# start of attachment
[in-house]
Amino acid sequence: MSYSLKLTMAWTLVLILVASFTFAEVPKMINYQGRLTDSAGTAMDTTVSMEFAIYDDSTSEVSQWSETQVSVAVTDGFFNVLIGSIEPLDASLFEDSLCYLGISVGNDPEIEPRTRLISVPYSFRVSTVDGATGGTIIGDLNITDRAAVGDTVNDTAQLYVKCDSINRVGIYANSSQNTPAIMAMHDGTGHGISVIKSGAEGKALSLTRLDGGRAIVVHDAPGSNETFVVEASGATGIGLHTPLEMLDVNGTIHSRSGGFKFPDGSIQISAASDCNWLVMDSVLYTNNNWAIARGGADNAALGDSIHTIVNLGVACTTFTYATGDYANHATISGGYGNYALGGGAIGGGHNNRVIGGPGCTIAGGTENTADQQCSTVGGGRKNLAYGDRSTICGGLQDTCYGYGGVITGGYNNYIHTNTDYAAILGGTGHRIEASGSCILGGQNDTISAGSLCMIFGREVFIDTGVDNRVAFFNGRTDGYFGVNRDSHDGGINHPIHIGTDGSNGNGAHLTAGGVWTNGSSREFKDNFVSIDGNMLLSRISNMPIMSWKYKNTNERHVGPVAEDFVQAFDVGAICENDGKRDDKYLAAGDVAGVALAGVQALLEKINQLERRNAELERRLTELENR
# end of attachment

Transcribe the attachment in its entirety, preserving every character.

[in-house]
Amino acid sequence: MSYSLKLTMAWTLVLILVASFTFAEVPKMINYQGRLTDSAGTAMDTTVSMEFAIYDDSTSEVSQWSETQVSVAVTDGFFNVLIGSIEPLDASLFEDSLCYLGISVGNDPEIEPRTRLISVPYSFRVSTVDGATGGTIIGDLNITDRAAVGDTVNDTAQLYVKCDSINRVGIYANSSQNTPAIMAMHDGTGHGISVIKSGAEGKALSLTRLDGGRAIVVHDAPGSNETFVVEASGATGIGLHTPLEMLDVNGTIHSRSGGFKFPDGSIQISAASDCNWLVMDSVLYTNNNWAIARGGADNAALGDSIHTIVNLGVACTTFTYATGDYANHATISGGYGNYALGGGAIGGGHNNRVIGGPGCTIAGGTENTADQQCSTVGGGRKNLAYGDRSTICGGLQDTCYGYGGVITGGYNNYIHTNTDYAAILGGTGHRIEASGSCILGGQNDTISAGSLCMIFGREVFIDTGVDNRVAFFNGRTDGYFGVNRDSHDGGINHPIHIGTDGSNGNGAHLTAGGVWTNGSSREFKDNFVSIDGNMLLSRISNMPIMSWKYKNTNERHVGPVAEDFVQAFDVGAICENDGKRDDKYLAAGDVAGVALAGVQALLEKINQLERRNAELERRLTELENR